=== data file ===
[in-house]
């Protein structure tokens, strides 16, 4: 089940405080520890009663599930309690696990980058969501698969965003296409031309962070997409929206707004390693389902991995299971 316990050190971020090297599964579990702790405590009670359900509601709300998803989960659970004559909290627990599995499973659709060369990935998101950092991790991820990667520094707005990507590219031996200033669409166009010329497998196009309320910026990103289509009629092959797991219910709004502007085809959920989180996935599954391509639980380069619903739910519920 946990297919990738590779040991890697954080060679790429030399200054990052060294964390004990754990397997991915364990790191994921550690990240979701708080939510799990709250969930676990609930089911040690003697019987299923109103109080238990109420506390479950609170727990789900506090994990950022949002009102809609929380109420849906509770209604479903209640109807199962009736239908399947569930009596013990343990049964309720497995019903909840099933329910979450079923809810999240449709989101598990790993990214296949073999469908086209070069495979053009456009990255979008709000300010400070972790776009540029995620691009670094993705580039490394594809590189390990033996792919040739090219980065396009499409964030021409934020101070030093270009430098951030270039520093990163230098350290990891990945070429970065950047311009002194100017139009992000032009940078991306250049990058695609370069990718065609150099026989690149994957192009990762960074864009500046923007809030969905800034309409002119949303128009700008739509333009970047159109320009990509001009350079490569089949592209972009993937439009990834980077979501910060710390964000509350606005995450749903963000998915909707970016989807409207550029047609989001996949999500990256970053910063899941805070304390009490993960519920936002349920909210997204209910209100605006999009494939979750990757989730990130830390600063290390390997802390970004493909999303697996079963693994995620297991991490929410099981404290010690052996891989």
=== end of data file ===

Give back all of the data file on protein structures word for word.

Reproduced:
[in-house]
């Protein structure tokens, strides 16, 4: 089940405080520890009663599930309690696990980058969501698969965003296409031309962070997409929206707004390693389902991995299971 316990050190971020090297599964579990702790405590009670359900509601709300998803989960659970004559909290627990599995499973659709060369990935998101950092991790991820990667520094707005990507590219031996200033669409166009010329497998196009309320910026990103289509009629092959797991219910709004502007085809959920989180996935599954391509639980380069619903739910519920 946990297919990738590779040991890697954080060679790429030399200054990052060294964390004990754990397997991915364990790191994921550690990240979701708080939510799990709250969930676990609930089911040690003697019987299923109103109080238990109420506390479950609170727990789900506090994990950022949002009102809609929380109420849906509770209604479903209640109807199962009736239908399947569930009596013990343990049964309720497995019903909840099933329910979450079923809810999240449709989101598990790993990214296949073999469908086209070069495979053009456009990255979008709000300010400070972790776009540029995620691009670094993705580039490394594809590189390990033996792919040739090219980065396009499409964030021409934020101070030093270009430098951030270039520093990163230098350290990891990945070429970065950047311009002194100017139009992000032009940078991306250049990058695609370069990718065609150099026989690149994957192009990762960074864009500046923007809030969905800034309409002119949303128009700008739509333009970047159109320009990509001009350079490569089949592209972009993937439009990834980077979501910060710390964000509350606005995450749903963000998915909707970016989807409207550029047609989001996949999500990256970053910063899941805070304390009490993960519920936002349920909210997204209910209100605006999009494939979750990757989730990130830390600063290390390997802390970004493909999303697996079963693994995620297991991490929410099981404290010690052996891989």